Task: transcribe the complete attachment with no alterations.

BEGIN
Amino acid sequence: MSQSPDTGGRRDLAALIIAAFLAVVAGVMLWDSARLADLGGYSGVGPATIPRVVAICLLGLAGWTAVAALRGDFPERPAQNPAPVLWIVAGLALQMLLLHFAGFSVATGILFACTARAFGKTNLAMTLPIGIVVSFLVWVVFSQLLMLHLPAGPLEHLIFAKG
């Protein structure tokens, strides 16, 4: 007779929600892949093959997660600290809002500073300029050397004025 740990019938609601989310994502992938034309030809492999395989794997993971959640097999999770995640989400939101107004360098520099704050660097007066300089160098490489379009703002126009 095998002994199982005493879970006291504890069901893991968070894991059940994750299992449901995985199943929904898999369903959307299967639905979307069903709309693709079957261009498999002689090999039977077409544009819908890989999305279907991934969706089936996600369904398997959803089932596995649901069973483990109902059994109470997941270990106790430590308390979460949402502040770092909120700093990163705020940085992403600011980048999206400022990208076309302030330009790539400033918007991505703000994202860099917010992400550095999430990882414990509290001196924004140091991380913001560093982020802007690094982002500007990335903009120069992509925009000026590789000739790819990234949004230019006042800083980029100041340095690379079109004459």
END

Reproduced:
Amino acid sequence: MSQSPDTGGRRDLAALIIAAFLAVVAGVMLWDSARLADLGGYSGVGPATIPRVVAICLLGLAGWTAVAALRGDFPERPAQNPAPVLWIVAGLALQMLLLHFAGFSVATGILFACTARAFGKTNLAMTLPIGIVVSFLVWVVFSQLLMLHLPAGPLEHLIFAKG
């Protein structure tokens, strides 16, 4: 007779929600892949093959997660600290809002500073300029050397004025 740990019938609601989310994502992938034309030809492999395989794997993971959640097999999770995640989400939101107004360098520099704050660097007066300089160098490489379009703002126009 095998002994199982005493879970006291504890069901893991968070894991059940994750299992449901995985199943929904898999369903959307299967639905979307069903709309693709079957261009498999002689090999039977077409544009819908890989999305279907991934969706089936996600369904398997959803089932596995649901069973483990109902059994109470997941270990106790430590308390979460949402502040770092909120700093990163705020940085992403600011980048999206400022990208076309302030330009790539400033918007991505703000994202860099917010992400550095999430990882414990509290001196924004140091991380913001560093982020802007690094982002500007990335903009120069992509925009000026590789000739790819990234949004230019006042800083980029100041340095690379079109004459």